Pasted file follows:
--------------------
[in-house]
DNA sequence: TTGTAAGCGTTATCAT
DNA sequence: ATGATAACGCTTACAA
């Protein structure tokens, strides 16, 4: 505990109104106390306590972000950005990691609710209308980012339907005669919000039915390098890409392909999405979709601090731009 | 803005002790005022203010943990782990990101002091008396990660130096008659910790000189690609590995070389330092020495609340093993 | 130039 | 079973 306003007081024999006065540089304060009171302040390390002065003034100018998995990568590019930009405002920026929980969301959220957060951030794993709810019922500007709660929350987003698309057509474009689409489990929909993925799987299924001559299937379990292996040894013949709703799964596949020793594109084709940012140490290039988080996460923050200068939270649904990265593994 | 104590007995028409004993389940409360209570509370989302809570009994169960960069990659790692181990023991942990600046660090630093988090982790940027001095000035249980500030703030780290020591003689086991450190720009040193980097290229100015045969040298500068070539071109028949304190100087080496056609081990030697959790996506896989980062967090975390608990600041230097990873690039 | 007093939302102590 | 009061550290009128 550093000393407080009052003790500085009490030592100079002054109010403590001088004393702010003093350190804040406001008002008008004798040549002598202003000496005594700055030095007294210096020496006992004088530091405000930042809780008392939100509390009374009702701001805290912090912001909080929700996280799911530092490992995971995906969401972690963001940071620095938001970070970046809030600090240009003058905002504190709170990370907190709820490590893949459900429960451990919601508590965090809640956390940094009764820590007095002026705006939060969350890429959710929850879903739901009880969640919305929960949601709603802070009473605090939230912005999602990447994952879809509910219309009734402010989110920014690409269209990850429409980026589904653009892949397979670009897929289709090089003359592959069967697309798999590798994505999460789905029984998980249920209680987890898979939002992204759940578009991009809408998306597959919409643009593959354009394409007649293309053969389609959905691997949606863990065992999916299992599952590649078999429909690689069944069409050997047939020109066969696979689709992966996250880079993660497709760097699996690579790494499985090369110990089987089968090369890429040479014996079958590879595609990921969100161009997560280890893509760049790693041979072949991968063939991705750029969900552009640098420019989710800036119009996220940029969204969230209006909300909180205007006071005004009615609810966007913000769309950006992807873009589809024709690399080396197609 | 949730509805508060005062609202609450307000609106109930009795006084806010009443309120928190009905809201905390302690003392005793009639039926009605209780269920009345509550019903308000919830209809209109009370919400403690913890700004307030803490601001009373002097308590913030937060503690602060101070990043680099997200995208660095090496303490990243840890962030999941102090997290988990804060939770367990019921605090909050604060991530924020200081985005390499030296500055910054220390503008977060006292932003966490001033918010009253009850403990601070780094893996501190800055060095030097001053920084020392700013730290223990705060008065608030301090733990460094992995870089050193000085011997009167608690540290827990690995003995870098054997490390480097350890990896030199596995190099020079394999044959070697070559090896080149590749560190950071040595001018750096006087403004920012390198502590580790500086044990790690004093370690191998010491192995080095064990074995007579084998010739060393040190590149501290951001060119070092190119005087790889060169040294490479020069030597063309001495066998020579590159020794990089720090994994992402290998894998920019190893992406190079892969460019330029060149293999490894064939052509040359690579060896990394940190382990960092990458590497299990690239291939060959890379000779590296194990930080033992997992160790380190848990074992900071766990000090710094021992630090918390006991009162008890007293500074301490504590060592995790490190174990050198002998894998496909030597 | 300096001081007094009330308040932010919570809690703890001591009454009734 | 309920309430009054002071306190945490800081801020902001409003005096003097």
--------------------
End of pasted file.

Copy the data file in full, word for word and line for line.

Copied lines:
[in-house]
DNA sequence: TTGTAAGCGTTATCAT
DNA sequence: ATGATAACGCTTACAA
């Protein structure tokens, strides 16, 4: 505990109104106390306590972000950005990691609710209308980012339907005669919000039915390098890409392909999405979709601090731009 | 803005002790005022203010943990782990990101002091008396990660130096008659910790000189690609590995070389330092020495609340093993 | 130039 | 079973 306003007081024999006065540089304060009171302040390390002065003034100018998995990568590019930009405002920026929980969301959220957060951030794993709810019922500007709660929350987003698309057509474009689409489990929909993925799987299924001559299937379990292996040894013949709703799964596949020793594109084709940012140490290039988080996460923050200068939270649904990265593994 | 104590007995028409004993389940409360209570509370989302809570009994169960960069990659790692181990023991942990600046660090630093988090982790940027001095000035249980500030703030780290020591003689086991450190720009040193980097290229100015045969040298500068070539071109028949304190100087080496056609081990030697959790996506896989980062967090975390608990600041230097990873690039 | 007093939302102590 | 009061550290009128 550093000393407080009052003790500085009490030592100079002054109010403590001088004393702010003093350190804040406001008002008008004798040549002598202003000496005594700055030095007294210096020496006992004088530091405000930042809780008392939100509390009374009702701001805290912090912001909080929700996280799911530092490992995971995906969401972690963001940071620095938001970070970046809030600090240009003058905002504190709170990370907190709820490590893949459900429960451990919601508590965090809640956390940094009764820590007095002026705006939060969350890429959710929850879903739901009880969640919305929960949601709603802070009473605090939230912005999602990447994952879809509910219309009734402010989110920014690409269209990850429409980026589904653009892949397979670009897929289709090089003359592959069967697309798999590798994505999460789905029984998980249920209680987890898979939002992204759940578009991009809408998306597959919409643009593959354009394409007649293309053969389609959905691997949606863990065992999916299992599952590649078999429909690689069944069409050997047939020109066969696979689709992966996250880079993660497709760097699996690579790494499985090369110990089987089968090369890429040479014996079958590879595609990921969100161009997560280890893509760049790693041979072949991968063939991705750029969900552009640098420019989710800036119009996220940029969204969230209006909300909180205007006071005004009615609810966007913000769309950006992807873009589809024709690399080396197609 | 949730509805508060005062609202609450307000609106109930009795006084806010009443309120928190009905809201905390302690003392005793009639039926009605209780269920009345509550019903308000919830209809209109009370919400403690913890700004307030803490601001009373002097308590913030937060503690602060101070990043680099997200995208660095090496303490990243840890962030999941102090997290988990804060939770367990019921605090909050604060991530924020200081985005390499030296500055910054220390503008977060006292932003966490001033918010009253009850403990601070780094893996501190800055060095030097001053920084020392700013730290223990705060008065608030301090733990460094992995870089050193000085011997009167608690540290827990690995003995870098054997490390480097350890990896030199596995190099020079394999044959070697070559090896080149590749560190950071040595001018750096006087403004920012390198502590580790500086044990790690004093370690191998010491192995080095064990074995007579084998010739060393040190590149501290951001060119070092190119005087790889060169040294490479020069030597063309001495066998020579590159020794990089720090994994992402290998894998920019190893992406190079892969460019330029060149293999490894064939052509040359690579060896990394940190382990960092990458590497299990690239291939060959890379000779590296194990930080033992997992160790380190848990074992900071766990000090710094021992630090918390006991009162008890007293500074301490504590060592995790490190174990050198002998894998496909030597 | 300096001081007094009330308040932010919570809690703890001591009454009734 | 309920309430009054002071306190945490800081801020902001409003005096003097």